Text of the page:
For women, business casual can be a very confusing category. You’re supposed to look nice — but not too nice. How do you hit the right note?
When I work with clients who work in a business casual environment, there are a couple important questions we need to answer before we begin to craft actual looks. The first concern is to ensure that your clothing actually works for the life you lead. Then, we need to figure out what type of clothing makes you feel confident and at ease in your own skin. Once we have those factors elucidated, we can match it all up to your personal style.
Your Work Environment
What type of clothing is appropriate for the work that you do?
When I work with doctors or dentists or journalists, the priority is to have work clothing that resists wrinkles and is machine washable to resist stains. For engineers or architects or kindergarten teachers, you need all of the above plus clothing that moves with you. If you’re a lawyer, your clients might expect you in a suit. If you’re a photographer or musician, they’ll expect you in head-to-toe black.
Your work wardrobe also needs to match your life. If you’re wearing a suit to work every day, but you have a newborn, we might want to switch the silk tops out for cotton for a while to protect against stains from pumping or spit-up. If you’re wearing head-to-toe black but you live in a hot climate, we might need to think seriously about the fabrics we employ for you.
What Makes You Confident
While it’s important that the clothing you choose is appropriate for your work environment, it also needs to spark your own confidence.
When you walk out the door to go to work, what pieces make you feel confident? Is it a jacket? A dress? Your lucky watch? A favorite pair of earrings? Within the parameters of what makes sense for the actual work you do, you get to decide what you wear every day.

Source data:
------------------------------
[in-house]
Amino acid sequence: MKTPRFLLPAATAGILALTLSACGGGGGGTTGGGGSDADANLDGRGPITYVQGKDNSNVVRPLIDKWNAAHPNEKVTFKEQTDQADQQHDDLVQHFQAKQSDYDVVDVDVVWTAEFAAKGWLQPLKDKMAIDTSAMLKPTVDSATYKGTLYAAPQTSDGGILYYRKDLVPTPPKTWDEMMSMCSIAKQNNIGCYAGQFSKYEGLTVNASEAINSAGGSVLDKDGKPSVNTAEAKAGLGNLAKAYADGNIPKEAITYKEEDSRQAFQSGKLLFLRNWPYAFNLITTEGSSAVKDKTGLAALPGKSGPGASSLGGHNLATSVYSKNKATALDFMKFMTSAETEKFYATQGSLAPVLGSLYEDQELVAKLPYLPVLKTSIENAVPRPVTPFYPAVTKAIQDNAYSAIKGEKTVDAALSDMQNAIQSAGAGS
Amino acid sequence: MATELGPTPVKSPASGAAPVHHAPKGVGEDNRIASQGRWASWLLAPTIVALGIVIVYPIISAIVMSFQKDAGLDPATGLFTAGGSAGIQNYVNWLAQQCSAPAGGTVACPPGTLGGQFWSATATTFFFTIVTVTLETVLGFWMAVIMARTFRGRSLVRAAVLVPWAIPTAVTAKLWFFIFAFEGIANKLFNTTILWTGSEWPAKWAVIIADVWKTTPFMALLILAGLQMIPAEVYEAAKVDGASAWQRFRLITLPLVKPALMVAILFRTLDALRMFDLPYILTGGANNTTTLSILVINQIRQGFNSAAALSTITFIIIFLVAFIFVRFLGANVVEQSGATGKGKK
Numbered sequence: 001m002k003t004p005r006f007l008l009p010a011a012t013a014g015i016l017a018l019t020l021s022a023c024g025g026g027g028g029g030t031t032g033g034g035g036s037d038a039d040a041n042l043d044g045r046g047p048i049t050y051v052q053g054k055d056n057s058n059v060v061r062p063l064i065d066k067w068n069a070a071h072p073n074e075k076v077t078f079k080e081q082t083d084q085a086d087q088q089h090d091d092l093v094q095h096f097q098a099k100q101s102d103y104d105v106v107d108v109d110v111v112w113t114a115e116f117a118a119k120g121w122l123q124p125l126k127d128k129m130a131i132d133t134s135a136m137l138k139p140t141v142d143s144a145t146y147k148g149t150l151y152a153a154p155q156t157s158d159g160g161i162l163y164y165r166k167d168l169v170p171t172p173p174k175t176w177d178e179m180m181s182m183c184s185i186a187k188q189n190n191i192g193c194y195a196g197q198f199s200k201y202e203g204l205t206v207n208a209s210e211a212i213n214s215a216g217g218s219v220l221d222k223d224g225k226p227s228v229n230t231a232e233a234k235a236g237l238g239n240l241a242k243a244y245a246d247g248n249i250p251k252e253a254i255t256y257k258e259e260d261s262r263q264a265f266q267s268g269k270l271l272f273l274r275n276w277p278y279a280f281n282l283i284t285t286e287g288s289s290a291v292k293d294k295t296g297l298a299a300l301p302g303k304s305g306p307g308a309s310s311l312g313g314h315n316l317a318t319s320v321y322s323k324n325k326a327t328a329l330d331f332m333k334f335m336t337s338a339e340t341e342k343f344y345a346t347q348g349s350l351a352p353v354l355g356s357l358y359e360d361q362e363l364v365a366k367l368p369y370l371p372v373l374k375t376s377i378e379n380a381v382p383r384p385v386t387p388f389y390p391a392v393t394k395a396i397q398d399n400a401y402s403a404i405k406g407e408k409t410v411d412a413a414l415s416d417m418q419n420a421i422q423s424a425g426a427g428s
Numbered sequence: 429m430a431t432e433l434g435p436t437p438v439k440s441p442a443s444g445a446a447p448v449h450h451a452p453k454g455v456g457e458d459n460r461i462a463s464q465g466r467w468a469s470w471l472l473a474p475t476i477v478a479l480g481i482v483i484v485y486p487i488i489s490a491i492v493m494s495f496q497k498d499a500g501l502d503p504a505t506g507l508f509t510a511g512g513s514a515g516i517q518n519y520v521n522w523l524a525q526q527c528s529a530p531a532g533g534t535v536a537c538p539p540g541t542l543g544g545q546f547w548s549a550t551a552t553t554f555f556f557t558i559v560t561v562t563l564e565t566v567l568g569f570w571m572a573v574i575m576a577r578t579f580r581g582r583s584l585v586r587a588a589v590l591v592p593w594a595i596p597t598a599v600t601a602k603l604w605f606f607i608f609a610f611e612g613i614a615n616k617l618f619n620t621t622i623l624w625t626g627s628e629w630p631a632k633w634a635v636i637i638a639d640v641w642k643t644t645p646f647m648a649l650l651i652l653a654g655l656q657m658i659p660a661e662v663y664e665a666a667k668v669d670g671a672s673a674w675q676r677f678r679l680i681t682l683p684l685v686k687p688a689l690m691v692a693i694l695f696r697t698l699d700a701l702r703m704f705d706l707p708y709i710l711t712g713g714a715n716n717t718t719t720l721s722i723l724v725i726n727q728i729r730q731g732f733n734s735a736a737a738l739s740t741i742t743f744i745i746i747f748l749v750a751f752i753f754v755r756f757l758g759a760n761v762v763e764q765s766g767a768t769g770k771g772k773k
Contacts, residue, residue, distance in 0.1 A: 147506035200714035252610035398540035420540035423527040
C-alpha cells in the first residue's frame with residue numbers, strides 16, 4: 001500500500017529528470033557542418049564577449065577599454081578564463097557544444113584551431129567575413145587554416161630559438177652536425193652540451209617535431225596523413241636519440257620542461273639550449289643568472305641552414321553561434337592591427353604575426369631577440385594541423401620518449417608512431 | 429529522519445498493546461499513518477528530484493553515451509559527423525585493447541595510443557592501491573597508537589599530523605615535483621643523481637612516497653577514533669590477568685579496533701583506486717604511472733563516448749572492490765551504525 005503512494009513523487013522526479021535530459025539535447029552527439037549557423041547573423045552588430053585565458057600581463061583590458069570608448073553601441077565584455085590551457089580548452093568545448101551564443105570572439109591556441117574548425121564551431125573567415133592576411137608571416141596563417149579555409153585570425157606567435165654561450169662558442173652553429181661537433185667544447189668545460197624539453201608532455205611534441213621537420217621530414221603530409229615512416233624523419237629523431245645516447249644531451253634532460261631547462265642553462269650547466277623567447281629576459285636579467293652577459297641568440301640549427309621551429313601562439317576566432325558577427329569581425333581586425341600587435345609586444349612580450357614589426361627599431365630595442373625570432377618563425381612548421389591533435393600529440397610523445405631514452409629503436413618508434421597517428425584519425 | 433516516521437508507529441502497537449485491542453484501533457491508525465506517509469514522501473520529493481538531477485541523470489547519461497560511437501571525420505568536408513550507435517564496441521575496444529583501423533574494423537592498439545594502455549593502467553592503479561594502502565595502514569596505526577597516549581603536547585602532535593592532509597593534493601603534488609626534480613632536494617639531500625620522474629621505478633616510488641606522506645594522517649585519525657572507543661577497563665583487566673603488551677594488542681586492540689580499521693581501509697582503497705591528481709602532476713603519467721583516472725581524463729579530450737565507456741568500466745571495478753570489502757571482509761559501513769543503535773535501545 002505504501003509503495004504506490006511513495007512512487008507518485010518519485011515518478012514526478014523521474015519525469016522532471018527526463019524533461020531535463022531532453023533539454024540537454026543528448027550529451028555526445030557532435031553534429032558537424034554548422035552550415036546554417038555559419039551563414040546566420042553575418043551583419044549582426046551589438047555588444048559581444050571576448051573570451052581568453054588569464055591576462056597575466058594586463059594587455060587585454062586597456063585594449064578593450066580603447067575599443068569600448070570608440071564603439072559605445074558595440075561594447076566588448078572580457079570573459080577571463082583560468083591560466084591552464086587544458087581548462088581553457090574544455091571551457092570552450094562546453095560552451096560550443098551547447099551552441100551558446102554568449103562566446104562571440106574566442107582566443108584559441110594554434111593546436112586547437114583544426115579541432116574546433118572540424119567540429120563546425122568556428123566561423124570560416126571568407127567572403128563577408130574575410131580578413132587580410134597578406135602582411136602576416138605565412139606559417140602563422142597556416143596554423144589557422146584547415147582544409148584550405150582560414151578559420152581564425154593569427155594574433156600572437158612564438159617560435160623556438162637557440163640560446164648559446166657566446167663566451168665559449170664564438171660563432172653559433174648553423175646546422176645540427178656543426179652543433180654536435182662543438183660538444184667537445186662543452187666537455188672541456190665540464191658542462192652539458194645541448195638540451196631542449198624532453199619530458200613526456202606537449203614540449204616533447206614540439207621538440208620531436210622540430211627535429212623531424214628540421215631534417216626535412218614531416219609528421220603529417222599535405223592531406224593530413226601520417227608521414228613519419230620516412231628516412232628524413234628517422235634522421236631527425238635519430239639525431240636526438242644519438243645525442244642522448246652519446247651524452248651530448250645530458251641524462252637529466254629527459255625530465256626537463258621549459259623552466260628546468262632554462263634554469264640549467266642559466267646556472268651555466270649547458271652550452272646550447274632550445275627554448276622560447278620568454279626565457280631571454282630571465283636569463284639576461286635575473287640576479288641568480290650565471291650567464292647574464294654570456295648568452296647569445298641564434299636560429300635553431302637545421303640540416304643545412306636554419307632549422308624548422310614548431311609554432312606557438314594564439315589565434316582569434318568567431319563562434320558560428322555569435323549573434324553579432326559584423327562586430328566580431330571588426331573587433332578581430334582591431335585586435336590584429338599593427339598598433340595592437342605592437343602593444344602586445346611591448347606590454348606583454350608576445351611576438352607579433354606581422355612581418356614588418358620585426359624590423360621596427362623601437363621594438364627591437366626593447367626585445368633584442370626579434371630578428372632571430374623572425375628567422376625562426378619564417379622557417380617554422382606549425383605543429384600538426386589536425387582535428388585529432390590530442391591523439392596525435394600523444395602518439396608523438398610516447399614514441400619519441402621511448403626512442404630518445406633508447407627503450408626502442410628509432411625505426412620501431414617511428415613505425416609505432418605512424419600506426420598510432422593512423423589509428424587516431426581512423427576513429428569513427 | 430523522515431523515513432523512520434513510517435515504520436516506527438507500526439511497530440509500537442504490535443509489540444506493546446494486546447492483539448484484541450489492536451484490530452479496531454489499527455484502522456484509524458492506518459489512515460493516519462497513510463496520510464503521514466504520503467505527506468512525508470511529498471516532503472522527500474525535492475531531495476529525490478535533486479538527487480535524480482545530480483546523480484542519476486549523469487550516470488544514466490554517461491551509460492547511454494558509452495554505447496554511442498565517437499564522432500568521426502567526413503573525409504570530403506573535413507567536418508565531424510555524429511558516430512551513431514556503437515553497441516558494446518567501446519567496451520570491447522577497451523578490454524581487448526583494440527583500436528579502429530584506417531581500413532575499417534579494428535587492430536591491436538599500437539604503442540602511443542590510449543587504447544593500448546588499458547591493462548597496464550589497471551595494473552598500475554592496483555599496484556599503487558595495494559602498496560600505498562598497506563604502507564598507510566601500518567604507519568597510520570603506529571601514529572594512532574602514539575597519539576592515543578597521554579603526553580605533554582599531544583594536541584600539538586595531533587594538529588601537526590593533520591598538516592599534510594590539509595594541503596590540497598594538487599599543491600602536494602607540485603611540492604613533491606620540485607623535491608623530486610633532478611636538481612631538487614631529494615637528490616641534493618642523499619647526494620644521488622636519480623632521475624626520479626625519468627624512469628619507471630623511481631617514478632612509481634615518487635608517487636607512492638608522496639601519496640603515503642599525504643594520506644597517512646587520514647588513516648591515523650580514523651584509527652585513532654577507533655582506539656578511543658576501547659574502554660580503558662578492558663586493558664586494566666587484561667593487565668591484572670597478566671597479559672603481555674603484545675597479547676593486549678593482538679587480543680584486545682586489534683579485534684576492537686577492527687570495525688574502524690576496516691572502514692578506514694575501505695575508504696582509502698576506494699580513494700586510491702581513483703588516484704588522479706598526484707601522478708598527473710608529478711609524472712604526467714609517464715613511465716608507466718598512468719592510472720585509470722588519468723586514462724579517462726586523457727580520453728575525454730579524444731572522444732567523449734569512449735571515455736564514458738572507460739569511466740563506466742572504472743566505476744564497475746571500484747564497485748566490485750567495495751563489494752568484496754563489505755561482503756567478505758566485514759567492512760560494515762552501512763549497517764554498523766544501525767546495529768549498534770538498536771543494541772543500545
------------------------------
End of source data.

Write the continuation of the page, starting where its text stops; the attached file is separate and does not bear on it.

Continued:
When I work with clients, we start asking this question once we’ve worked through my personal style formula. We know your color story and your style language so we can begin to imagine how you actually want to show up in your day-to-day so you can achieve the life of your dreams.
If you’re pulling at your pantyhose as you walk to your next meeting, you’re likely not walking with poise or confidence. What happens if leadership happens to notice you at this particular moment? Embarrassing!
It is critical to be comfortable in work situations — this is why business casual is a thing! Mine that.
If wearing trousers is something that allows you to move easily from moment to moment, then wear them. If you prefer dresses, that’s okay, too! Dresses don’t have to be for formal events only.
Work is likely where you spend most of your time, so build a work wardrobe that feels good for you. While that doesn’t necessarily mean PJ dressing, it certainly can — depending on the type of work you do!
Commanding respect is about being at ease in your own skin. You can show up in a silk blouse, great jeans and flats and be the most commanding presence in the room — if that’s what makes you feel comfortable.
How We Make It Happen:
When we create your wardrobe, we want it to work for you. The pieces you own need to make sense for your work environment AND for what makes you feel confident — plus, you need to feel comfortable in them.
Here’s how you can get started:
- Assess Your Work Environment: Look around you. Observe what the people you admire are wearing. Now, look at those who are not getting opportunities, promotions or respect. What sets those you admire apart visually? Note what might helpful for you to emulate in your own work wardrobe — and what to avoid.
- Evaluate What Makes You Confident: Pay attention to what you wear for high-pressure situations. Is wearing your lucky necklace key? Or is it about color for you? Do you have a favorite dress or jacket? Honor your choices and imagine how you could amplify what you’re naturally doing on a day-to-day basis.
- Combine Comfort. Notice what makes you feel good. Is it stretch material or flat shoes? Is dressing up a little more or being more casual? Once you know what these elements are, catalog which of your work pieces actually include them. Replace the pieces that don’t — you’re likely not wearing them anyway!